- Good Lord!! Are You Always on Twitter??? I mentioned to a friend of mine one day that it seems that people we knew are spending all of their time on Twitter. He laughed and said, "No. They only spend half of the day on Twitter. The other half they are on LinkedIn trying to find more connections." Do I really need a scheduled tweet from you every 15 minutes? Does the scheduling of Tweets take away from the "social" part of the social network platform? Eh.. perhaps. I'd say as long as you don't overdue it, use it.
I spotted a James Carville article in the FT.com op/ed (Daddy, tell me, what exactly is a derivative?) this morning that reminded me of how difficult it is to write for the web.
Carville was writing about Obama's "supposed communication breakdown during the financial crisis." Carville says the failure is not in Obama's ability to communicate but in the complexity of what he is trying to explain.
I can definitely relate.
I will never forget what my grizzly, old editor told me when I was interning for a small newspaper in Orange County, "Honey, you gotta write dumber. Most people can't read above a 4th grade level."
Writing dumb may sound easy, but it is not, especially if you are writing about a complex topic.
Granted, in the legal field, I am generally writing to a more sophisticated audience. But I run into another challenge: time.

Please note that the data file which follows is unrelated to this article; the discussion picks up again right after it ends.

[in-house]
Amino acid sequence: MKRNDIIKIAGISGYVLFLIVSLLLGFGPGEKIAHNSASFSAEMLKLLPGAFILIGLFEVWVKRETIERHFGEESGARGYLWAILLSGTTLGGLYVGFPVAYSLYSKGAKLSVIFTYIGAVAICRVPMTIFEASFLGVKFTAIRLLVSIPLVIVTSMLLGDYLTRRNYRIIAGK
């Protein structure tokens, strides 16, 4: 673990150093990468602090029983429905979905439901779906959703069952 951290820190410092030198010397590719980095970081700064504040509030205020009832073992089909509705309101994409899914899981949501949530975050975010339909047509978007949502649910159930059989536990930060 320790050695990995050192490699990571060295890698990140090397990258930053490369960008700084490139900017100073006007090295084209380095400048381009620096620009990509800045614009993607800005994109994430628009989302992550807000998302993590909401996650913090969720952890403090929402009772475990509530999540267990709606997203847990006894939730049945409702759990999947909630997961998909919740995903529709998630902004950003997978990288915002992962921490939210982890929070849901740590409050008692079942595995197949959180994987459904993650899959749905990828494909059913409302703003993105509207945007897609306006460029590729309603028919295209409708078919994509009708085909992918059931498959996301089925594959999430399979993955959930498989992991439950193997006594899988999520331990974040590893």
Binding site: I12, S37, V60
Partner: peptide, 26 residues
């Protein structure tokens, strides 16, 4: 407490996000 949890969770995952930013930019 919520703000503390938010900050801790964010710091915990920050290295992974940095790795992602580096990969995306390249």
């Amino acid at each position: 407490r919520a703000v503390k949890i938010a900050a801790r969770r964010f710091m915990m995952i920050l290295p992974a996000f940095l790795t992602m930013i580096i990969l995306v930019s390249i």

My readers do not want to pour over paragraphs of analysis. They want to be able to read my story in less than 30 seconds.
So I have to be able to tell my story in a paragraph. And, no, that does not mean a 10-line paragraph. If you look at my writing, most of my paragraphs are only 1-2 sentences long. And my sentences are very short.
Here's another lesson that I learned from another grizzly old guy: look at your sentence and eliminate every fifth word.
Yeah, it is hard to write small. And just like I pointed out in my SEO post: you have 3-4 seconds to get their attention on the web.
So you better engage them fast!
Teenage female werewolf struggles to find acceptance in a world that doesn't know about the supernatural. Moody, dark and emotional.We then both realized the beauty of Twitter. It teaches you to write better faster. As one of my favorite lines by AJ Liebling goes, "I can write better than anybody who can write faster, and I can write faster than anybody who can write better." Tweets refine your thinking, creativity, wit and writing. And, if done well, a twitter can be repurposed for elevator pitches, bylines, resumes and queries. Twitter: helping the cause of literacy one character at a time.